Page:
By Jill Nolin

Baltimore County police officers now have access to live video feeds in the county’s 107 elementary schools through One View, a software application developed by Skyline Technology Solutions, and they may soon have access to other video feeds.

After a two-month soft launch, the county recently announced that IP-based cameras had been installed in all of the elementary schools and that officers can view live feeds on a secure site from their mobile devices, whether it be hardened laptops, tablets or smartphones.

The officers access the video using secure 4G/LTE connections from mobile devices and 100 MB/s to 1 GB/s connections from the county’s network. The secure website, which the county developed, enables officers to access a school’s floor plan, select a camera and stream multiple videos at once. Officers can either search for a school by name, sort the schools by precinct or locate a school on a county map.

“Giving them tools that are easy to use and quickly able to throw up helps them with situational awareness,” says Rob Stradling, Baltimore County’s chief information officer.

The school’s video is fed into a streaming server that is located on school property and built to handle many connections, as well as being optimized for lower bandwidth and mobile devices, Stradling said.  

The school cameras record locally to DVRs in a high-definition resolution, and One View pulls the video streams in an H.264 format. The officers stream the video as needed from the system and never directly attach to the school cameras, Stradling said.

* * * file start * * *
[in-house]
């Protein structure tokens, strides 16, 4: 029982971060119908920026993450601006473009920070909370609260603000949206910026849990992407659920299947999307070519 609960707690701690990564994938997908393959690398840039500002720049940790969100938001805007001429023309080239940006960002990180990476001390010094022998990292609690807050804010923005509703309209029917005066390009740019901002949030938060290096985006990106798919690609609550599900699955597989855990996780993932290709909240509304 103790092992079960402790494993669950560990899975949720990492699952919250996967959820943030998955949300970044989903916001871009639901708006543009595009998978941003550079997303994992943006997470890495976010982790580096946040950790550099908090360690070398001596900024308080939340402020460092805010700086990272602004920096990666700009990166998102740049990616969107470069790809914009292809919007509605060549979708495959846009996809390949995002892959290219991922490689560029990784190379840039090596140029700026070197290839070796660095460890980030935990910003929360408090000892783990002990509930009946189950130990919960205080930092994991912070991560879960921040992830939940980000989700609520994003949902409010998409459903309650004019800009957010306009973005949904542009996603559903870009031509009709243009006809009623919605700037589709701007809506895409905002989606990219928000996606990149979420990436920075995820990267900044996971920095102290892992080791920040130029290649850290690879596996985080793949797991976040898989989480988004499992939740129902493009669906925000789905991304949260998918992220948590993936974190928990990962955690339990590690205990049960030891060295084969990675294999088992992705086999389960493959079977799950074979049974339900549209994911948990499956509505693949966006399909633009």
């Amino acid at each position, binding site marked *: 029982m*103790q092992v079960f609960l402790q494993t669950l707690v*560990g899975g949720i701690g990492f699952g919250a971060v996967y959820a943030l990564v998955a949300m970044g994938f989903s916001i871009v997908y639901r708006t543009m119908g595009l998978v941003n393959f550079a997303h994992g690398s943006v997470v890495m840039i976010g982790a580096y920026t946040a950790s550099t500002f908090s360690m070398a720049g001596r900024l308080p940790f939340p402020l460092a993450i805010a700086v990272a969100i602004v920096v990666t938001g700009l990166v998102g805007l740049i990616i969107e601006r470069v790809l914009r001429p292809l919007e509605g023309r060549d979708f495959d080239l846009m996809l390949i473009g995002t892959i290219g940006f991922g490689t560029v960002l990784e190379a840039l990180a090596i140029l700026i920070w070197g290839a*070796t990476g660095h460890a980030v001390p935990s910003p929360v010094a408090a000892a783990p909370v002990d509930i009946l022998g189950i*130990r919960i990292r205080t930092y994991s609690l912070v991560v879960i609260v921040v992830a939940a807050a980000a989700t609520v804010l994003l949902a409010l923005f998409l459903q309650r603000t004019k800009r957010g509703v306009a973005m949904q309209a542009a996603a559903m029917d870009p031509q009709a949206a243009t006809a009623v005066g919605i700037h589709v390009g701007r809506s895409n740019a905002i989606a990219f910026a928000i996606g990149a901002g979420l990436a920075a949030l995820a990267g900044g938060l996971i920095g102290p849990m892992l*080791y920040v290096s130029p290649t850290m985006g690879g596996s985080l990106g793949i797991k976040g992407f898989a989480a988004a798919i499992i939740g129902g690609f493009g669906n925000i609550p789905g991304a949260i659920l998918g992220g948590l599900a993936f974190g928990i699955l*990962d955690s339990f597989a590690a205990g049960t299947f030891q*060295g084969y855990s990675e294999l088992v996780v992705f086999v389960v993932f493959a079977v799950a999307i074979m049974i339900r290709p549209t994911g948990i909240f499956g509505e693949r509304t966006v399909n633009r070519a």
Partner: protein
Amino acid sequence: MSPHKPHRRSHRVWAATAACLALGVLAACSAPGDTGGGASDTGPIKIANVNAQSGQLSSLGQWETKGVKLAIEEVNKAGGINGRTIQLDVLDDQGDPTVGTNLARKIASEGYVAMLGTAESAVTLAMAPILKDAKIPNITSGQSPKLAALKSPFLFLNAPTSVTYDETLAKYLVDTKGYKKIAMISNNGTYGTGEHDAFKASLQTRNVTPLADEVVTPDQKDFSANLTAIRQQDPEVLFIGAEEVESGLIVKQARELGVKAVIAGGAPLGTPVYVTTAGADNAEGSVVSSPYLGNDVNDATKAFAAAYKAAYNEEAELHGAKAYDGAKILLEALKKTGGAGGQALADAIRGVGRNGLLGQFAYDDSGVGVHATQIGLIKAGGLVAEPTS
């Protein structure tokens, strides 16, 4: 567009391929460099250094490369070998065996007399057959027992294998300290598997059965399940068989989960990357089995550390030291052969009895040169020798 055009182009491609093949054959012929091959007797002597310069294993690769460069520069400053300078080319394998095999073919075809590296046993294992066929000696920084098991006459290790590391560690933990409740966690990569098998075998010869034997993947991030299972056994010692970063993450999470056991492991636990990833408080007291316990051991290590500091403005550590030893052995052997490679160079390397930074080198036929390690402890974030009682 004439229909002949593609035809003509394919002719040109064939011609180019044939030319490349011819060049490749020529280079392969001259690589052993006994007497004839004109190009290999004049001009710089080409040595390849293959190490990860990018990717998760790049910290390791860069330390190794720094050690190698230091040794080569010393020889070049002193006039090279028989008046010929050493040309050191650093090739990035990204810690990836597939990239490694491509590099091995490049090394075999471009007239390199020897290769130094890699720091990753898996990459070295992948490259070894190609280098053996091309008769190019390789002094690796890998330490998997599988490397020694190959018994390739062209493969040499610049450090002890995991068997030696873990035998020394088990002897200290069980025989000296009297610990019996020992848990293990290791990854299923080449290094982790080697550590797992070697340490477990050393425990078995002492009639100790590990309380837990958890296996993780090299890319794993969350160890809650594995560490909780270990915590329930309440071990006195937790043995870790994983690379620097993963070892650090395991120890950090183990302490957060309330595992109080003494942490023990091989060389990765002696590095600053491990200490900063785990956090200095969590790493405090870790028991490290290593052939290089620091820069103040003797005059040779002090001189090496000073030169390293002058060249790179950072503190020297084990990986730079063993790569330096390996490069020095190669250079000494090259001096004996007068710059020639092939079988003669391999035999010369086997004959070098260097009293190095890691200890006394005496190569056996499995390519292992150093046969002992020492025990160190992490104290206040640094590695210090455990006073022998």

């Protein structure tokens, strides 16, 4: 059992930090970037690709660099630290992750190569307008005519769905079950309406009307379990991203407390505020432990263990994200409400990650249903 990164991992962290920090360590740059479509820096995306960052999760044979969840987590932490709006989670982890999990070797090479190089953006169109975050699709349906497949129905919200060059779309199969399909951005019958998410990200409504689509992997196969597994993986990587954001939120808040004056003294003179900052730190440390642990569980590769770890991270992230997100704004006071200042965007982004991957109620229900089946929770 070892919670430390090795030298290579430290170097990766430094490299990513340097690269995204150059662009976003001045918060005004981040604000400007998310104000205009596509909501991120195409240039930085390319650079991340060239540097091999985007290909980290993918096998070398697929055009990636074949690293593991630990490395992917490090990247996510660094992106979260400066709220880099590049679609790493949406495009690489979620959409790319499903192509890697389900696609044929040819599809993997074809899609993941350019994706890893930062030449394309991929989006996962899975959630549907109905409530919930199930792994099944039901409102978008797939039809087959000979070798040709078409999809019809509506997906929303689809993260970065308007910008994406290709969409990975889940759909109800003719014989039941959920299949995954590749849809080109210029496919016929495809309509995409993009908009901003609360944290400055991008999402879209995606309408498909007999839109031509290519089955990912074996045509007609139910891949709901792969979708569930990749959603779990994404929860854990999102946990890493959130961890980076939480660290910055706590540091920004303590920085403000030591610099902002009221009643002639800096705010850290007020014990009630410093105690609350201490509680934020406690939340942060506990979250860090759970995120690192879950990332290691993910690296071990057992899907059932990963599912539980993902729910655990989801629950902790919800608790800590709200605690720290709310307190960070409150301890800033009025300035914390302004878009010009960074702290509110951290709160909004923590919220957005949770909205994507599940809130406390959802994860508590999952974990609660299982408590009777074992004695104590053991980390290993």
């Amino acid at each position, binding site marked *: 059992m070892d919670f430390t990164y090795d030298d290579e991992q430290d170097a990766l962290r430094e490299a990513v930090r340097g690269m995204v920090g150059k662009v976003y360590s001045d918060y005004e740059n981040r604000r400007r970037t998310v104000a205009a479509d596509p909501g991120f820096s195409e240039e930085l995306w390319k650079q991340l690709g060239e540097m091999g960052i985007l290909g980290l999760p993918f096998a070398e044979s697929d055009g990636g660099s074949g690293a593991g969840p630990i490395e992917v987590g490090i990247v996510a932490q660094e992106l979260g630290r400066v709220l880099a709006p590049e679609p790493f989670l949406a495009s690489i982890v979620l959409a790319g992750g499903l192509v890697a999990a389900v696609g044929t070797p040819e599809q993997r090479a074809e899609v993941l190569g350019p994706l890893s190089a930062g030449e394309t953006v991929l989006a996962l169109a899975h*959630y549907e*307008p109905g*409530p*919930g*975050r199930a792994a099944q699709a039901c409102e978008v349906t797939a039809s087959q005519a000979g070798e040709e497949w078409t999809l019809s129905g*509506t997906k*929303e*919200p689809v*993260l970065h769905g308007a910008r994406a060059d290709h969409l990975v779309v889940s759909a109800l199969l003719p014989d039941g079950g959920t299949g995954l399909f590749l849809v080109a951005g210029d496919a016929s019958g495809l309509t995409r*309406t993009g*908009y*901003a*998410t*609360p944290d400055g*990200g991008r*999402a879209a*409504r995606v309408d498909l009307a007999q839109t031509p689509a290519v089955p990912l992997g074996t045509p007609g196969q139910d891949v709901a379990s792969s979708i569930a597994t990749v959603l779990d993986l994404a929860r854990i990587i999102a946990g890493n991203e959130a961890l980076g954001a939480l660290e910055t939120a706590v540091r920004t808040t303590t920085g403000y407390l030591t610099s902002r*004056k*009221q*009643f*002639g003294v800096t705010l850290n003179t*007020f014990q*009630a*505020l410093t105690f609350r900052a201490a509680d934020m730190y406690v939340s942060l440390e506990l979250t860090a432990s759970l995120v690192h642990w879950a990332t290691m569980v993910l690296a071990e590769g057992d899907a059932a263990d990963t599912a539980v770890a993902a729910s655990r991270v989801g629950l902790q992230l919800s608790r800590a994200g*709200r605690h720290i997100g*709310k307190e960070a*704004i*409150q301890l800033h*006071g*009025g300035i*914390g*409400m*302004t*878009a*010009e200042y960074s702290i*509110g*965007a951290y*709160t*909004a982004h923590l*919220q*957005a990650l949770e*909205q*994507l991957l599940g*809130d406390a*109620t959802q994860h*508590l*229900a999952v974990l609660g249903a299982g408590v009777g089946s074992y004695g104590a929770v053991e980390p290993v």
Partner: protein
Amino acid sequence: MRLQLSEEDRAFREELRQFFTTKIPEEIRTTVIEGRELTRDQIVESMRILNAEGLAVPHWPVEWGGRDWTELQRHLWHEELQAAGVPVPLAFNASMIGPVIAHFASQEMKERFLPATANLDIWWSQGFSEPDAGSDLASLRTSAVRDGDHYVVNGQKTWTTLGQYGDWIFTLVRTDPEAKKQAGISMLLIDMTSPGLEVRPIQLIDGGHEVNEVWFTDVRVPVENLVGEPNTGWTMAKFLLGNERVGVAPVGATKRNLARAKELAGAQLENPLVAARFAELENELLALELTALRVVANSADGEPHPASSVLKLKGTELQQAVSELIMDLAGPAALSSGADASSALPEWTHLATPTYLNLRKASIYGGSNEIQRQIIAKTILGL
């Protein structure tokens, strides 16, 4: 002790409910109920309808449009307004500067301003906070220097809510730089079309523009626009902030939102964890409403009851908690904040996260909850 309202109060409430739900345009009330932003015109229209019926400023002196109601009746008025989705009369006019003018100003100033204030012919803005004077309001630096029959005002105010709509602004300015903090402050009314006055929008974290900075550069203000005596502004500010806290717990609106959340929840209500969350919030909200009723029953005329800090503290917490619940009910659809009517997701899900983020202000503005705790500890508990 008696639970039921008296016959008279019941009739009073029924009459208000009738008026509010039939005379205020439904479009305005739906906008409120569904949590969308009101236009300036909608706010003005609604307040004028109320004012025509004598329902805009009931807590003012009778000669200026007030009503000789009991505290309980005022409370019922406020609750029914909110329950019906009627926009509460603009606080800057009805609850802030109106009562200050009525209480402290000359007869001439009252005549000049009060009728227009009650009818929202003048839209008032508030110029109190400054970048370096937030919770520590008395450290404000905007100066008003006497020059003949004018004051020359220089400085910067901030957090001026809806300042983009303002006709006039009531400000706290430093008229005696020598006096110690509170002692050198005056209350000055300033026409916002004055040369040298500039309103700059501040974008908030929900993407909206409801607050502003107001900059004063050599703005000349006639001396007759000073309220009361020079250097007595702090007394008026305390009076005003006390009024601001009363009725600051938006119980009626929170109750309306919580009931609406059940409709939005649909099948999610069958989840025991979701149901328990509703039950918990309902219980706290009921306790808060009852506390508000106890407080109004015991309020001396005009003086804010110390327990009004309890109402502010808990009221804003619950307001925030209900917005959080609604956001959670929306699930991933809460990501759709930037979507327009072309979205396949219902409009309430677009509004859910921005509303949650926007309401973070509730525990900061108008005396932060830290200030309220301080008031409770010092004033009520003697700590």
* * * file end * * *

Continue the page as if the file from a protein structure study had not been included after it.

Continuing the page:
“We are fortunate to have built a high-speed fiber network that connects over 25% of our schools and adding additional [schools] each year,” Stradling said. “All other schools are connected by TLS circuits and are capable of handling the bandwidth needs.”

Restricting the bandwidth without compromising the quality of the image is a challenge, especially when almost 1,800 people have access, Stradling said.

Although the application allows for as many as 16 videos to be streamed at one time, the county capped simultaneous at four videos for now to test the impact on the bandwidth. Only one video can be viewed at a time on a smartphone.  

“If you’re not able to keep that streaming piece at the right amount, you can quickly bring any application to its knees … That’s a lot of potential activity, and we haven’t experienced any issue,” he said.

“It’s an ability (Skyline has) in their software to have a one-to-many approach. A lot of folks will stream one-for-one … their technique is they put it on the server. We’re able to pick and choose whichever one we want. It’s not streaming them all at once.”

Prior to this program, there were no cameras in the elementary schools. The county decided to change that after the 2012 Sandy Hook shooting. Baltimore County was also the site of a high school shooting in fall of 2012 that left one student seriously injured.